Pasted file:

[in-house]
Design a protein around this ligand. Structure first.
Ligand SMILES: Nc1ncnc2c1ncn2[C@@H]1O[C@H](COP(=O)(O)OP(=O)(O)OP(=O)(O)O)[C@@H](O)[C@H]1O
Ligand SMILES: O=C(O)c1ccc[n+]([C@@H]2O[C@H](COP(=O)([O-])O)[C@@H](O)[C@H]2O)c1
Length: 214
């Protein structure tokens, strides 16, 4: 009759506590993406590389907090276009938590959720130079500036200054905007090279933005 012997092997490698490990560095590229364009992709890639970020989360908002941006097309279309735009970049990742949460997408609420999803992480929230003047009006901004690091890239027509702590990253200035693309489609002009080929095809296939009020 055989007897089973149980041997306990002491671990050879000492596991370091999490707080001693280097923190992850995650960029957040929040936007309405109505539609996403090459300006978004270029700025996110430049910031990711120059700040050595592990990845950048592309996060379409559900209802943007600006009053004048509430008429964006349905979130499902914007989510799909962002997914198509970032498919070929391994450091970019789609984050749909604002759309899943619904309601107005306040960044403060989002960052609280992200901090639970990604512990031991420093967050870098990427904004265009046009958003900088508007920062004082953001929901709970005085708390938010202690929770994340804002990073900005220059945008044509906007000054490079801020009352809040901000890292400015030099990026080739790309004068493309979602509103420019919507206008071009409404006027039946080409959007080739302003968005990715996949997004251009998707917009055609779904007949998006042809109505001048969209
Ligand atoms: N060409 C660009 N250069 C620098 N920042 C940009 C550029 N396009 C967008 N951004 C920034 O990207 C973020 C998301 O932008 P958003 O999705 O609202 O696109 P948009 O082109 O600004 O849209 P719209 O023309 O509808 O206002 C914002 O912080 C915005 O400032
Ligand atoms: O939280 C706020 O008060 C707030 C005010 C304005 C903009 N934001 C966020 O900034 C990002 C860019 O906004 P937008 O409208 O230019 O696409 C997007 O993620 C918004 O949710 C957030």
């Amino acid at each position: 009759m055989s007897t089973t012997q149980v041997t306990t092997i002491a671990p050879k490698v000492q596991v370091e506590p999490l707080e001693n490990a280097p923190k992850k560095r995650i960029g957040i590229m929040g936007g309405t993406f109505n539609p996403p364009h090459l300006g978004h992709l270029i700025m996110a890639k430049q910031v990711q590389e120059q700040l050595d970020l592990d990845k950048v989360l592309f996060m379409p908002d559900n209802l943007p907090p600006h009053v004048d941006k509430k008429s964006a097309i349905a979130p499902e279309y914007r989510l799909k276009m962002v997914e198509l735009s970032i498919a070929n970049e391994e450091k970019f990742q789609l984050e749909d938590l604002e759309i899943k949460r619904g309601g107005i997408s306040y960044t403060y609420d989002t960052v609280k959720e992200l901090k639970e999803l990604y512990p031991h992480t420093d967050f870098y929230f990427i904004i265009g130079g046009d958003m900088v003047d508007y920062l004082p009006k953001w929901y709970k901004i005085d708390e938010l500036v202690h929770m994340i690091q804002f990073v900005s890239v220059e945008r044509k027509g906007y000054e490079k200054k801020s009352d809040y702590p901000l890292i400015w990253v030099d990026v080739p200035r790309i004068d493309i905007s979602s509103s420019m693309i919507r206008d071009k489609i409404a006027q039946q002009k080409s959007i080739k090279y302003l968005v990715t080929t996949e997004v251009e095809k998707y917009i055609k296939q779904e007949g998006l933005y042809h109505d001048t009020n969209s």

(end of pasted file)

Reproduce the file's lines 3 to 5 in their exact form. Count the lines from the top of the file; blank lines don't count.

Ligand SMILES: Nc1ncnc2c1ncn2[C@@H]1O[C@H](COP(=O)(O)OP(=O)(O)OP(=O)(O)O)[C@@H](O)[C@H]1O
Ligand SMILES: O=C(O)c1ccc[n+]([C@@H]2O[C@H](COP(=O)([O-])O)[C@@H](O)[C@H]2O)c1
Length: 214